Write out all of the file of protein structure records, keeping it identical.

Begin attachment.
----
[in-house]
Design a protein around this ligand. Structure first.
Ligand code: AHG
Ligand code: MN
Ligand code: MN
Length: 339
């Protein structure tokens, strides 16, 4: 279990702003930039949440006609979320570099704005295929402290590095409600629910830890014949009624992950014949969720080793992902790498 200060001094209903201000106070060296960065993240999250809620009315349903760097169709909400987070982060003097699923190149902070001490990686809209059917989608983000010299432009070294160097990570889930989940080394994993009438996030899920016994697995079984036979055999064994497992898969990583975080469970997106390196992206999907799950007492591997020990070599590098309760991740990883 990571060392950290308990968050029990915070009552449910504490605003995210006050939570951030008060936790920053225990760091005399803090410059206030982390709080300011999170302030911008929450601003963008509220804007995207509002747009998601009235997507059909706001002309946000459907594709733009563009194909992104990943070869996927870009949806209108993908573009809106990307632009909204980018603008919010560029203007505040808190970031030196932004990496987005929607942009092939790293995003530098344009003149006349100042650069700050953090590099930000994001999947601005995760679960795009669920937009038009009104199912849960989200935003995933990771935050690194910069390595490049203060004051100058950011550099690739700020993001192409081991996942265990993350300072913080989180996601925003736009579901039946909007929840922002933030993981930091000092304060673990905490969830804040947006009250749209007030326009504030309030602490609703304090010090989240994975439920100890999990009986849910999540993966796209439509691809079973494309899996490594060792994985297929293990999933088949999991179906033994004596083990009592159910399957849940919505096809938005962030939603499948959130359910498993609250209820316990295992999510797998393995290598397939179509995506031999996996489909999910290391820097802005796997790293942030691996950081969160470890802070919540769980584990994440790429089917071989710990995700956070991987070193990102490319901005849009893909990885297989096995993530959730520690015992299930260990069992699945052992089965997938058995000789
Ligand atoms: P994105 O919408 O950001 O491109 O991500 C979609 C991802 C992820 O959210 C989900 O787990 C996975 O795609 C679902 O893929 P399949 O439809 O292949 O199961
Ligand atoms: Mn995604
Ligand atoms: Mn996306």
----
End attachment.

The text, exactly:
[in-house]
Design a protein around this ligand. Structure first.
Ligand code: AHG
Ligand code: MN
Ligand code: MN
Length: 339
């Protein structure tokens, strides 16, 4: 279990702003930039949440006609979320570099704005295929402290590095409600629910830890014949009624992950014949969720080793992902790498 200060001094209903201000106070060296960065993240999250809620009315349903760097169709909400987070982060003097699923190149902070001490990686809209059917989608983000010299432009070294160097990570889930989940080394994993009438996030899920016994697995079984036979055999064994497992898969990583975080469970997106390196992206999907799950007492591997020990070599590098309760991740990883 990571060392950290308990968050029990915070009552449910504490605003995210006050939570951030008060936790920053225990760091005399803090410059206030982390709080300011999170302030911008929450601003963008509220804007995207509002747009998601009235997507059909706001002309946000459907594709733009563009194909992104990943070869996927870009949806209108993908573009809106990307632009909204980018603008919010560029203007505040808190970031030196932004990496987005929607942009092939790293995003530098344009003149006349100042650069700050953090590099930000994001999947601005995760679960795009669920937009038009009104199912849960989200935003995933990771935050690194910069390595490049203060004051100058950011550099690739700020993001192409081991996942265990993350300072913080989180996601925003736009579901039946909007929840922002933030993981930091000092304060673990905490969830804040947006009250749209007030326009504030309030602490609703304090010090989240994975439920100890999990009986849910999540993966796209439509691809079973494309899996490594060792994985297929293990999933088949999991179906033994004596083990009592159910399957849940919505096809938005962030939603499948959130359910498993609250209820316990295992999510797998393995290598397939179509995506031999996996489909999910290391820097802005796997790293942030691996950081969160470890802070919540769980584990994440790429089917071989710990995700956070991987070193990102490319901005849009893909990885297989096995993530959730520690015992299930260990069992699945052992089965997938058995000789
Ligand atoms: P994105 O919408 O950001 O491109 O991500 C979609 C991802 C992820 O959210 C989900 O787990 C996975 O795609 C679902 O893929 P399949 O439809 O292949 O199961
Ligand atoms: Mn995604
Ligand atoms: Mn996306």